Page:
The decision of using NFS or Samba only depends on who you are sharing with. Linux can communicate with NFS and SAMBA, but Windows can communicate only with SAMBA.

To learn about NFS file-sharing read the following post: NFS Server and Client on Ubuntu 20.04 [Link].


SERVER – SAMBA CONFIG

sudo apt update
sudo apt install samba -y
sudo ufw allow samba
sudo nano /etc/samba/smb.conf

The configuration file of Samba is like a manual, self-explanatory. There are parameters set and others are commented (with the symbol ‘;‘ in the beginning), which means it is not being used.

The Samba configuration is done in blocks. Add this block at the end of the file:

[Home_Ubuntu]
path = /home/ubuntu/
comment = Personal Files
writeable = yes
create mask = 0777
directory mask = 0777
browseable = yes
public = yes
valid users = ubuntu

Customize this command to meet your network:

[Home_Ubuntu] The name of the share will be ‘Home_Ubuntu’
path = /home/ubuntu/ The directory being shared.
comment = Personal Files ‘Personal Files’ is just a description.
writeable = yes Allow the client to write.
create mask = 0777 Will apply this mask when one file is created.
directory mask = 0777 Will apply this mask when one directory is created.
browseable = yes Make it visible while browsing.
public = no Denny any guest user.
valid users = ubuntu Allows user ‘ubuntu‘ to access the share.

The syntax of the parameters may differ depending on the version of the Samba Server. Always follow the instructions and examples in it or check the manual:

man smb.conf

At this point is necessary to set a password to the user and enable it, even if the user already has one password in the local system. Samba manages passwords separately.

sudo smbpasswd -a ubuntu
sudo smbpasswd -e ubuntu

After editing the configuration file, restart the service and check if it is running:

sudo systemctl restart smbd
sudo systemctl status smbd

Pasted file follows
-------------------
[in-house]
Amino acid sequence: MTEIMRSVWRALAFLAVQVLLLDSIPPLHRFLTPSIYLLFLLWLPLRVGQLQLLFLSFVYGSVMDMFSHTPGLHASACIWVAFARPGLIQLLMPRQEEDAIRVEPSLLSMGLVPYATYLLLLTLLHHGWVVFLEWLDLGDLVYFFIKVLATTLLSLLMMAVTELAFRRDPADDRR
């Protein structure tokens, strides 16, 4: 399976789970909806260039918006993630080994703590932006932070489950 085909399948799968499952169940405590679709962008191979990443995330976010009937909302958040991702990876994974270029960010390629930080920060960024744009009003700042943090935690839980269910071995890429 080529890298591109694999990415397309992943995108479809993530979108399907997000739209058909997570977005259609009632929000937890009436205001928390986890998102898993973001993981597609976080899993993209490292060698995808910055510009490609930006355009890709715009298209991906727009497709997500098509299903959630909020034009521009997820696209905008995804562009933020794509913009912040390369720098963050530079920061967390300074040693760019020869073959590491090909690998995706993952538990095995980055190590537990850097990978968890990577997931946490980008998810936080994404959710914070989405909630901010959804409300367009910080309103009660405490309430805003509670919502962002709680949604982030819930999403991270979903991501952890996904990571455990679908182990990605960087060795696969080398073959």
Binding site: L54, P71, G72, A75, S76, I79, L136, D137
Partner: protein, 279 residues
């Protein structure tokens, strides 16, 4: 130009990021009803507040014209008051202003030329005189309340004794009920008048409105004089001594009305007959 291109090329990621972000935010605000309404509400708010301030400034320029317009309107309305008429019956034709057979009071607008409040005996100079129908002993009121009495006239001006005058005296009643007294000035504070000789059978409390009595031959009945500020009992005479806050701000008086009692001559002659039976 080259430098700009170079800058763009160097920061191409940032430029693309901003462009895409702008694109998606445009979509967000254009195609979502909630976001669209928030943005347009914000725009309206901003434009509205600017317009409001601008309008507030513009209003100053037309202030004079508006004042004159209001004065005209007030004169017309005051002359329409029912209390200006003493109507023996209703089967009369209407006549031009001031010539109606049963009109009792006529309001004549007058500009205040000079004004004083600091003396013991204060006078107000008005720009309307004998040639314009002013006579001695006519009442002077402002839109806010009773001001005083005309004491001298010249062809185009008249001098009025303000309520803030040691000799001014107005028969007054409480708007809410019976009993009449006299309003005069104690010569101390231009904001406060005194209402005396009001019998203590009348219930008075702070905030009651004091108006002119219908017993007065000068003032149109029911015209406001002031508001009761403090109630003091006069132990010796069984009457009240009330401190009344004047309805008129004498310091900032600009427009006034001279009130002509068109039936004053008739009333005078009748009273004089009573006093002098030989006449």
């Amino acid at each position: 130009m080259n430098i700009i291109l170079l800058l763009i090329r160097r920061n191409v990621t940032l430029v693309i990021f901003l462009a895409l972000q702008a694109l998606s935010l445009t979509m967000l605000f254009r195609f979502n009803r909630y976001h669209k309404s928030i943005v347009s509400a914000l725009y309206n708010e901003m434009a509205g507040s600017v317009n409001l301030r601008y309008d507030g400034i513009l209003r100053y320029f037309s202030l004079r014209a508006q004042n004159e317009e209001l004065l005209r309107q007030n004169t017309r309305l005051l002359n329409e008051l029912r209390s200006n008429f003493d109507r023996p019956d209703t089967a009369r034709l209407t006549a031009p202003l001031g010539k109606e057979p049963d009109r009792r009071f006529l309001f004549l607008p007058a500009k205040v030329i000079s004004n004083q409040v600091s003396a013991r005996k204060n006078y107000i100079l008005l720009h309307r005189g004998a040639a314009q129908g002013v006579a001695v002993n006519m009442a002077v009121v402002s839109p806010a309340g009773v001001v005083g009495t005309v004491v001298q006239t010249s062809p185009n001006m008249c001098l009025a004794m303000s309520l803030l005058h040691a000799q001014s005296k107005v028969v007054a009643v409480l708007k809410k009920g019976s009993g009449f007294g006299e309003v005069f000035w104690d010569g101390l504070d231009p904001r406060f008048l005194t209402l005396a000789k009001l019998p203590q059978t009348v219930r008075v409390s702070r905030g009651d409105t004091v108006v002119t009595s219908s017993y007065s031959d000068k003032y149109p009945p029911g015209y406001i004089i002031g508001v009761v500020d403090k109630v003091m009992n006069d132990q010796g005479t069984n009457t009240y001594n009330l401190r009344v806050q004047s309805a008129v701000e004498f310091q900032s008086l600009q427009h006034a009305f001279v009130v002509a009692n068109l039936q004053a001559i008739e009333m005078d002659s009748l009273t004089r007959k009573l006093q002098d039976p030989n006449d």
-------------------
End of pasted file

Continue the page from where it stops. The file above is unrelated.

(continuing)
OR

sudo service smbd restart
sudo service smbd status


CLIENT – SAMBA MOUNT

sudo apt update
sudo apt install cifs-utils -y

To eventually mount one remote share in the local file system issue:

sudo mount -t cifs -o username=ubuntu //192.168.2.40/Home_Ubuntu /tmp/hu

Customize this command to meet your network:

-t cifs Informs to the command mount the type ‘cifs’, the protocol used by Samba.
-o username=ubuntu Specifies what user you want to login as ‘ubuntu‘.
//192.168.2.40/ The address of the server.
Home_Ubuntu Share name.
/tmp/HU Local mounting point.

The directory ‘/tmp/HU‘ has to exist in the local file system. If it does not exist issue:

sudo mkdir /tmp/HU
sudo chmos 755 /tmp/HU

To make it automatically mount on the boot:

sudo nano /etc/fstab

Add this line at the end of the file:

//192.168.2.40/Home_Ubuntu /tmp/HU cifs username=ubuntu,password=pass,iocharset=utf8,file_mode=0777,dir_mode=0777

Customize this command to meet your network:

//192.168.2.40/ IP address of the server.
Home_Ubuntu Share name.
/tmp/HU Local mounting point.
cifs Informs to the command mount the type ‘cifs‘, the protocol used by Samba.
username=ubuntu Defines each user you want to login ‘ubuntu‘.
password=pass Informs the password ‘pass
iocharset=utf8,
sec=ntlm 0 0
Keep these arguments as they are.

This exercise was created and tested on Ubuntu 18.04 and Raspbian Buster 10, except for the firewall command that does not work on Raspbian everything else is the same, and everything works anyway.

To “refresh” and apply the new lines you added to the fstab:

sudo mount -a

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